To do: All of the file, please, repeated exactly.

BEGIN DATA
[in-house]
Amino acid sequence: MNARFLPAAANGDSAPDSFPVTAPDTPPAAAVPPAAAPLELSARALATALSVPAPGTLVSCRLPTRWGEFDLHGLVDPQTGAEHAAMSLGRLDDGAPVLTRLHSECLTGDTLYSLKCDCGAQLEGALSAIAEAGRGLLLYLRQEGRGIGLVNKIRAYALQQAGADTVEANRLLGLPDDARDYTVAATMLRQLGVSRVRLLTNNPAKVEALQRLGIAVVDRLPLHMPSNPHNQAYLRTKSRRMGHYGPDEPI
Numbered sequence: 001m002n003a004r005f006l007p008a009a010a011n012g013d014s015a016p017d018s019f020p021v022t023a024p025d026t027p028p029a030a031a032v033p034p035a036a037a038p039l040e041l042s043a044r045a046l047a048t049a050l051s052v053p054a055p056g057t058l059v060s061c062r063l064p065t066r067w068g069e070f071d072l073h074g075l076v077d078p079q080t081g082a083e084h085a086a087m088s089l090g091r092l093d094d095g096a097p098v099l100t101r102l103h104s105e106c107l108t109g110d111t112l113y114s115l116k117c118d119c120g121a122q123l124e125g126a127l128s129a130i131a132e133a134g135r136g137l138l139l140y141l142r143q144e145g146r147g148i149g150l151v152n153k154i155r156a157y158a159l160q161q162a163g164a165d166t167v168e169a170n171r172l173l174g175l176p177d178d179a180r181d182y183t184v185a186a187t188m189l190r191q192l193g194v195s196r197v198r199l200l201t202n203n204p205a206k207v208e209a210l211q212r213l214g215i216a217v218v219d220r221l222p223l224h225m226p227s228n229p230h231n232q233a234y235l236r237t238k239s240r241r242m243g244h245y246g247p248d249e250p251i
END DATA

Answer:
[in-house]
Amino acid sequence: MNARFLPAAANGDSAPDSFPVTAPDTPPAAAVPPAAAPLELSARALATALSVPAPGTLVSCRLPTRWGEFDLHGLVDPQTGAEHAAMSLGRLDDGAPVLTRLHSECLTGDTLYSLKCDCGAQLEGALSAIAEAGRGLLLYLRQEGRGIGLVNKIRAYALQQAGADTVEANRLLGLPDDARDYTVAATMLRQLGVSRVRLLTNNPAKVEALQRLGIAVVDRLPLHMPSNPHNQAYLRTKSRRMGHYGPDEPI
Numbered sequence: 001m002n003a004r005f006l007p008a009a010a011n012g013d014s015a016p017d018s019f020p021v022t023a024p025d026t027p028p029a030a031a032v033p034p035a036a037a038p039l040e041l042s043a044r045a046l047a048t049a050l051s052v053p054a055p056g057t058l059v060s061c062r063l064p065t066r067w068g069e070f071d072l073h074g075l076v077d078p079q080t081g082a083e084h085a086a087m088s089l090g091r092l093d094d095g096a097p098v099l100t101r102l103h104s105e106c107l108t109g110d111t112l113y114s115l116k117c118d119c120g121a122q123l124e125g126a127l128s129a130i131a132e133a134g135r136g137l138l139l140y141l142r143q144e145g146r147g148i149g150l151v152n153k154i155r156a157y158a159l160q161q162a163g164a165d166t167v168e169a170n171r172l173l174g175l176p177d178d179a180r181d182y183t184v185a186a187t188m189l190r191q192l193g194v195s196r197v198r199l200l201t202n203n204p205a206k207v208e209a210l211q212r213l214g215i216a217v218v219d220r221l222p223l224h225m226p227s228n229p230h231n232q233a234y235l236r237t238k239s240r241r242m243g244h245y246g247p248d249e250p251i